I need help with a "is" with a literal error

how do I fix this error? I am following a video tutorial from 3 years ago. The bullet will not shoot.

The tutorial is probably wrong, but that happens, unfortunately. This kind of error is very common, which is why you’re now getting this warning. The warning is exactly correct though - replace is (an identity comparison) with == (an equality comparison) and you should be fine.

Well, first off, it isn’t an error, it’s a warning - which is why it says SyntaxWarning and not SyntaxError. But right after this, it tells you what is wrong: "is" with a literal. It highlights code that tries to use is; do you understand what “literal” means here? If not, here is a reference. Then, it suggests: Did you mean "=="? So, it seems that it is trying to tell you to use == instead of is on that line of code. Did you try doing that? If you try doing that, does it fix the problem?

What do you think is means in Python? (If you don’t know, did you try to find out?) How about ==? If you are not familiar with these tools, you should study a tutorial for the Python language itself first, before trying to follow a “video tutorial” to make a game using third-party libraries like Pygame. These tutorials are not actually a useful way to learn. They are only a way to feel like you are learning, because you follow some steps and get (when the tutorial creator didn’t make a mistake) some interesting result. But when you actually learn, you understand concepts as you go, can come up with more ideas to try, notice mistakes in others’ work, and develop skills such as reading error messages and understanding what they are trying to tell you.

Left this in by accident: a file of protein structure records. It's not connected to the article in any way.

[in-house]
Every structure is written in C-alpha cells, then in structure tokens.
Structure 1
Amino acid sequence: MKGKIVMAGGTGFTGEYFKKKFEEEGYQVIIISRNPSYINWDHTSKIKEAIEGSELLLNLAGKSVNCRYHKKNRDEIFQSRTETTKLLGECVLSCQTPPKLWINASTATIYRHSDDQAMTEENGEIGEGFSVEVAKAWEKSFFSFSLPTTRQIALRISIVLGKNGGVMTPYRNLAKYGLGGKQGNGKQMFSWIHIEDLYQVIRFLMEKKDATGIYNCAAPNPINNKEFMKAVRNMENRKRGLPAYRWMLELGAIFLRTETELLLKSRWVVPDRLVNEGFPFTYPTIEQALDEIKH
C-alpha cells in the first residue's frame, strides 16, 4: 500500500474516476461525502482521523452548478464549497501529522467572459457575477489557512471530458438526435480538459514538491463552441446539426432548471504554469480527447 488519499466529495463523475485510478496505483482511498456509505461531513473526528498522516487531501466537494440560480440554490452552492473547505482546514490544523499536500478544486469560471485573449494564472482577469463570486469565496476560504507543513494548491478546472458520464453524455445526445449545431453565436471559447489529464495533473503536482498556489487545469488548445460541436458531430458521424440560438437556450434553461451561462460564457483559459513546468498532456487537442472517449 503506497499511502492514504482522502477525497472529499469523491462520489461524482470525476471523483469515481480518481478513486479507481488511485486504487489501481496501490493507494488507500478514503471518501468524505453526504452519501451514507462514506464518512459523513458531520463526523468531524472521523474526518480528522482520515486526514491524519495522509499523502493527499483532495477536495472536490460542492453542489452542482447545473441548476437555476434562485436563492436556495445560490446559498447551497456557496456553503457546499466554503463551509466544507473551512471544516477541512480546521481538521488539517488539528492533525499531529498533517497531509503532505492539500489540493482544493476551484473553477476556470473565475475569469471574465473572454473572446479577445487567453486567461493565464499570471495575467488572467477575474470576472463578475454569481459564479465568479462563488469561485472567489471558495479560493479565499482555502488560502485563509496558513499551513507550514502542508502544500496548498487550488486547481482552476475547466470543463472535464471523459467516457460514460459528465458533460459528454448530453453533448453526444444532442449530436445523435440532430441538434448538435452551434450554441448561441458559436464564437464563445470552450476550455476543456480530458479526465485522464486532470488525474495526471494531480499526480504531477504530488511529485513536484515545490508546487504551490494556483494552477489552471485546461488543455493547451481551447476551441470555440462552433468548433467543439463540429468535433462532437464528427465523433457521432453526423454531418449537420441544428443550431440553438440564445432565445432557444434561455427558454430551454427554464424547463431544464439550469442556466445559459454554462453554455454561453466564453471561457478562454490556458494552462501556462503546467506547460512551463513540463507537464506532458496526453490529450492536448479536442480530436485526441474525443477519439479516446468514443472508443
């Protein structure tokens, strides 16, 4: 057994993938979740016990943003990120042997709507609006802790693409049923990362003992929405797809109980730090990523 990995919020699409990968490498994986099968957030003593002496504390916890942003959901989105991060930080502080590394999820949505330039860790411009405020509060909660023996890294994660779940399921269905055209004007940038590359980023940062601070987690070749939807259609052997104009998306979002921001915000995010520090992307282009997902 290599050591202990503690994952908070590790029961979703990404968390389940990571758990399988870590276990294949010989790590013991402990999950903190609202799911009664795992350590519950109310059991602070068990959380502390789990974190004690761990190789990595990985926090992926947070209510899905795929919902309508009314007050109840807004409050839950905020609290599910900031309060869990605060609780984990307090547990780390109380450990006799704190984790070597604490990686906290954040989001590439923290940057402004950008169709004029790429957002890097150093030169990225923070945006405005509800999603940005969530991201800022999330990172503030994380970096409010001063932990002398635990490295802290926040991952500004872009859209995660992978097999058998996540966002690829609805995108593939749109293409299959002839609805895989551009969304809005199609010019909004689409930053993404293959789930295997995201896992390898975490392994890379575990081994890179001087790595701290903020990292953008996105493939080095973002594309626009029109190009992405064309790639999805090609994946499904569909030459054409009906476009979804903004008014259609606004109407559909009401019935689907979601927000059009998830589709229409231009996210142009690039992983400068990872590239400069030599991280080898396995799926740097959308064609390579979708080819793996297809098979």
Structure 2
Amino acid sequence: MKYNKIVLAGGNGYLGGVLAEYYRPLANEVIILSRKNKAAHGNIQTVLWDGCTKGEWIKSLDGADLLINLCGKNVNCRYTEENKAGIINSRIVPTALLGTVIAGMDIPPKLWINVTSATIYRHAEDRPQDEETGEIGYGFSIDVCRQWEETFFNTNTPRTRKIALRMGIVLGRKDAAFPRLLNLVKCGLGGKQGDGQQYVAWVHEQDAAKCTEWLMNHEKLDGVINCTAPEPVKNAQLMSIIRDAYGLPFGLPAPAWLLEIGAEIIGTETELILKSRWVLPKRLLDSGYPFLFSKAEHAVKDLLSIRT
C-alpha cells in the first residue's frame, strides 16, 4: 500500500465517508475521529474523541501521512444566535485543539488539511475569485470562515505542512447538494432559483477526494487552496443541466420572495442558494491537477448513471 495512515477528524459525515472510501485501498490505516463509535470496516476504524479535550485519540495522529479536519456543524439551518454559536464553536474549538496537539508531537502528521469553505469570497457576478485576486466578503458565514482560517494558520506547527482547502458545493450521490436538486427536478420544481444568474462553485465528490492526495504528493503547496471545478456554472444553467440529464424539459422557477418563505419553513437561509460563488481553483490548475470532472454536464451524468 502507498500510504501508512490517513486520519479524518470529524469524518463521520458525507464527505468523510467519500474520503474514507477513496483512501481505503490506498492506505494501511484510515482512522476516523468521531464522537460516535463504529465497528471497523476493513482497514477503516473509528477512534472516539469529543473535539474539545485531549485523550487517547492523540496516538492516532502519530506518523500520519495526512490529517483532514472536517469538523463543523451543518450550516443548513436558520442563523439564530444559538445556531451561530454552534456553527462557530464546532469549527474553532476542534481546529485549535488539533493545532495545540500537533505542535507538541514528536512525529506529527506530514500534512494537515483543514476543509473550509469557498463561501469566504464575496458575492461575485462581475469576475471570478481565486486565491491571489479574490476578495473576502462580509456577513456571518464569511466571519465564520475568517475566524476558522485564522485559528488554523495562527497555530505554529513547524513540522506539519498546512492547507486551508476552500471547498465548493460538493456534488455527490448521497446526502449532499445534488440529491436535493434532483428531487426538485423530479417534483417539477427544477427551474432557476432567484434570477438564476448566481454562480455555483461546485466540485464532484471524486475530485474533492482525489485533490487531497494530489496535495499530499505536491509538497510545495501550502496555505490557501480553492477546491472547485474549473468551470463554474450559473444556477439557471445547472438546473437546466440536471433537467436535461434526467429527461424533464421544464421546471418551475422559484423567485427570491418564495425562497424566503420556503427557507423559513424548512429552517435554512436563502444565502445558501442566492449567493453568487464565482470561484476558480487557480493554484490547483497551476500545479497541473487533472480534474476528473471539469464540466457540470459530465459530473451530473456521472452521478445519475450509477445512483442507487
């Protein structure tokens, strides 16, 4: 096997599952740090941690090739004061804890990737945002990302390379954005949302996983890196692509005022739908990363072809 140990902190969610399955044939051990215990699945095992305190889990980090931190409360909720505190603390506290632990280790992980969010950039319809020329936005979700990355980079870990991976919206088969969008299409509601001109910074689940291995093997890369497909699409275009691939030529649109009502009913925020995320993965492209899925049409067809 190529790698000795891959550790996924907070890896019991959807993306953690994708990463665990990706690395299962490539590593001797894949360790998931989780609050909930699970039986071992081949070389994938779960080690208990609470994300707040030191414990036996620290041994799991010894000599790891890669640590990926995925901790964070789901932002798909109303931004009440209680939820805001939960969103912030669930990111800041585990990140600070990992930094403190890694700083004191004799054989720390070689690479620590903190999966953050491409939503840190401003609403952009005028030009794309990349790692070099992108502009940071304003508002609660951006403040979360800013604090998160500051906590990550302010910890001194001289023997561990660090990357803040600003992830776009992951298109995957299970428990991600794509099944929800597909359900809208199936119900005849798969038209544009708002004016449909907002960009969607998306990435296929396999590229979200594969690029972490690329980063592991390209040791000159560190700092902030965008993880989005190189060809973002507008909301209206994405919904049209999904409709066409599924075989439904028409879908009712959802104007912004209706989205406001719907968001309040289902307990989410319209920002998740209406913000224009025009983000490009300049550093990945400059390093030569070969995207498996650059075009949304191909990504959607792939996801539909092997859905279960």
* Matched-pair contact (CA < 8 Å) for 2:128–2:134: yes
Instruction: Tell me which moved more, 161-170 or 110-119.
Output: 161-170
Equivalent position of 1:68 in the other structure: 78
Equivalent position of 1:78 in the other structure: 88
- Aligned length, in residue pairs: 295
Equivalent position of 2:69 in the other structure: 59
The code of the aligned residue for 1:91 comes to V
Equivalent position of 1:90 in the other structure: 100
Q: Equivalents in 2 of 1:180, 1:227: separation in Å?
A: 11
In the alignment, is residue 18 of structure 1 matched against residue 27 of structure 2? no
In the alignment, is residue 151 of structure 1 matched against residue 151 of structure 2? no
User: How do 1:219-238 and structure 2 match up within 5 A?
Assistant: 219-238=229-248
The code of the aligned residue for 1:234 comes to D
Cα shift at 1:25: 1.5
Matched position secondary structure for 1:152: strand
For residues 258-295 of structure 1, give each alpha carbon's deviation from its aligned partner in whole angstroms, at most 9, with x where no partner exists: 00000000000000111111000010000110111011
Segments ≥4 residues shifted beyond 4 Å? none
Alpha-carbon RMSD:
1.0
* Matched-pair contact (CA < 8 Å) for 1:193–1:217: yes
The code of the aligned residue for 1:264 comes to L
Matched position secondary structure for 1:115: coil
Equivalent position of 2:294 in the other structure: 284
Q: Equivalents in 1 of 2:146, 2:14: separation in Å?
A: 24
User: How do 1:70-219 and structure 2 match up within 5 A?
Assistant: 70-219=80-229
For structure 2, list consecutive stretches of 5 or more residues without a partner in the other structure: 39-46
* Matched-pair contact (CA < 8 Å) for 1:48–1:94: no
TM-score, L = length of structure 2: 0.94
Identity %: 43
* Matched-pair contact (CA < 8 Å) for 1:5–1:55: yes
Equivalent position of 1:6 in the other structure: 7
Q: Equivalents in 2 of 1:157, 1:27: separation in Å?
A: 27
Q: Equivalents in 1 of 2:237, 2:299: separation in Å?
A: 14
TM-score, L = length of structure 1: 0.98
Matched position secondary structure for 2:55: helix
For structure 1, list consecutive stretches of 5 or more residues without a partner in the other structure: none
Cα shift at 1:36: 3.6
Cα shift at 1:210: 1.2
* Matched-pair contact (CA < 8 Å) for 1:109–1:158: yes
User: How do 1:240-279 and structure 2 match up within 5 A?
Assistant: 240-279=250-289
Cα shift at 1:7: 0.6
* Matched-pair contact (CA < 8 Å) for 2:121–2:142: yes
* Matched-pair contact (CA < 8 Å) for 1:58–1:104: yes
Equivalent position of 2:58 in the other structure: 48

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Please make sure that you understand why == should be used here rather than is.

The following may underscore the danger of using is to compare strings, even though you may often have gotten away with it:

>>> fi = "fi"
>>> re = "re"
>>> fire = "fire"
>>> fi + re is fire
>>> fi + re
>>> fire
>>> fi + re == fire

In particular, note this …

>>> fi + re is fire

… compared to this …

>>> fi + re == fire


The following may provide additional insight:

>>> id(fire)
>>> id('fire')
>>> id(fi + re)
>>> fire2 = fi + re
>>> id(fire2)
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In case it’s helpful, I just made a small improvement to this syntax warning: https://github.com/python/cpython/pull/103493 :slight_smile:


“is” tests object identity; it just compares two unique identifiers for two objects in memory. That unique identifier can be an address in memory, or just an arbitrary number.

“==” tests object equality; it compares (usually) two different objects to see if their associated memory has the same stuff in them. (OK, really it’s using __eq__).

“is” is a little faster than ==, but more often than not isn’t what you want.

“is” is unfortunately something that feels right when you first see it, but it should only be used for things that have very few actual values of a given type (or are interned in memory) - like “var is None” (except in a SQLAlchemy context) or “var is True”, because there is only one value of NoneType (None), and there are only two boolean values (True and False). It’ll also work for very small integers, but this should not be relied upon, and can be thought of as a Python implementation detail to avoid assuming. IOW, use == for int’s, even though “is” sometimes works for them.

“is” is also nice for testing object identity of a sentinel value, created with something like “sentinel = object()”. You can then do something like:

if value is sentinel:
   print('this is the only thing that is sentinel')

If some of this makes no sense, feel free to ignore - it won’t hurt you much. And apart from the sentinel use I think you can probably always use == instead of “is”.

I think that’s maybe going a little far.